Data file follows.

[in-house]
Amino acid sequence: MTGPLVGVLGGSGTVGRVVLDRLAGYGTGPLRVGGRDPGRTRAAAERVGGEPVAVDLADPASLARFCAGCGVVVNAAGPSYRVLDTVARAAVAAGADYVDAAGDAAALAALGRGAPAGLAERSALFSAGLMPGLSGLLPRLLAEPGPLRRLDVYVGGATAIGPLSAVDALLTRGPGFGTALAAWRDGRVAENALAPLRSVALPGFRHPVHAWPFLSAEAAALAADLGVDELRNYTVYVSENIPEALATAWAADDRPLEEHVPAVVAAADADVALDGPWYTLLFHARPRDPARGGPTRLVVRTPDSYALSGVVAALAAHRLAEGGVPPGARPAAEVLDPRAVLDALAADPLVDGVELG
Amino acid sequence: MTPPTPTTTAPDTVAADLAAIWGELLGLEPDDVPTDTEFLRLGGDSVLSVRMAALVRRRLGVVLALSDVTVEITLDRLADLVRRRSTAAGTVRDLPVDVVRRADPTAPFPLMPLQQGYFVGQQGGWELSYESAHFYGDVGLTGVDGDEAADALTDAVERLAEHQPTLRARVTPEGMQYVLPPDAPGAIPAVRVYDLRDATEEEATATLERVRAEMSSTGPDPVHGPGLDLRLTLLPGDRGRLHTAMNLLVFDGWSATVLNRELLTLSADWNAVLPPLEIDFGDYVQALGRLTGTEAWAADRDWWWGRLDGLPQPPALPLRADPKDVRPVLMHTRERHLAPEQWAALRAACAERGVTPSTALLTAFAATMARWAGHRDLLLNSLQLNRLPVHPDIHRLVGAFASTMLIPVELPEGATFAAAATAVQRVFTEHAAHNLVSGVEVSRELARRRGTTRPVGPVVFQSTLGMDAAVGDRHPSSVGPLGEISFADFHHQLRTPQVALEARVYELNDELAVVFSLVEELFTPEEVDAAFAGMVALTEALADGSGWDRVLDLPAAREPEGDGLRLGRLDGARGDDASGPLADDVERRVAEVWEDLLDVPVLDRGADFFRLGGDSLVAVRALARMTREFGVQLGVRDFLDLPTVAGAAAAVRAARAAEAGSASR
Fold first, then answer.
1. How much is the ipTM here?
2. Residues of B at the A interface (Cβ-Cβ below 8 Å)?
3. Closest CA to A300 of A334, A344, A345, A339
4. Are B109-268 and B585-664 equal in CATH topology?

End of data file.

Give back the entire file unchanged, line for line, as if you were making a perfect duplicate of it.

[in-house]
Amino acid sequence: MTGPLVGVLGGSGTVGRVVLDRLAGYGTGPLRVGGRDPGRTRAAAERVGGEPVAVDLADPASLARFCAGCGVVVNAAGPSYRVLDTVARAAVAAGADYVDAAGDAAALAALGRGAPAGLAERSALFSAGLMPGLSGLLPRLLAEPGPLRRLDVYVGGATAIGPLSAVDALLTRGPGFGTALAAWRDGRVAENALAPLRSVALPGFRHPVHAWPFLSAEAAALAADLGVDELRNYTVYVSENIPEALATAWAADDRPLEEHVPAVVAAADADVALDGPWYTLLFHARPRDPARGGPTRLVVRTPDSYALSGVVAALAAHRLAEGGVPPGARPAAEVLDPRAVLDALAADPLVDGVELG
Amino acid sequence: MTPPTPTTTAPDTVAADLAAIWGELLGLEPDDVPTDTEFLRLGGDSVLSVRMAALVRRRLGVVLALSDVTVEITLDRLADLVRRRSTAAGTVRDLPVDVVRRADPTAPFPLMPLQQGYFVGQQGGWELSYESAHFYGDVGLTGVDGDEAADALTDAVERLAEHQPTLRARVTPEGMQYVLPPDAPGAIPAVRVYDLRDATEEEATATLERVRAEMSSTGPDPVHGPGLDLRLTLLPGDRGRLHTAMNLLVFDGWSATVLNRELLTLSADWNAVLPPLEIDFGDYVQALGRLTGTEAWAADRDWWWGRLDGLPQPPALPLRADPKDVRPVLMHTRERHLAPEQWAALRAACAERGVTPSTALLTAFAATMARWAGHRDLLLNSLQLNRLPVHPDIHRLVGAFASTMLIPVELPEGATFAAAATAVQRVFTEHAAHNLVSGVEVSRELARRRGTTRPVGPVVFQSTLGMDAAVGDRHPSSVGPLGEISFADFHHQLRTPQVALEARVYELNDELAVVFSLVEELFTPEEVDAAFAGMVALTEALADGSGWDRVLDLPAAREPEGDGLRLGRLDGARGDDASGPLADDVERRVAEVWEDLLDVPVLDRGADFFRLGGDSLVAVRALARMTREFGVQLGVRDFLDLPTVAGAAAAVRAARAAEAGSASR
Fold first, then answer.
1. How much is the ipTM here?
2. Residues of B at the A interface (Cβ-Cβ below 8 Å)?
3. Closest CA to A300 of A334, A344, A345, A339
4. Are B109-268 and B585-664 equal in CATH topology?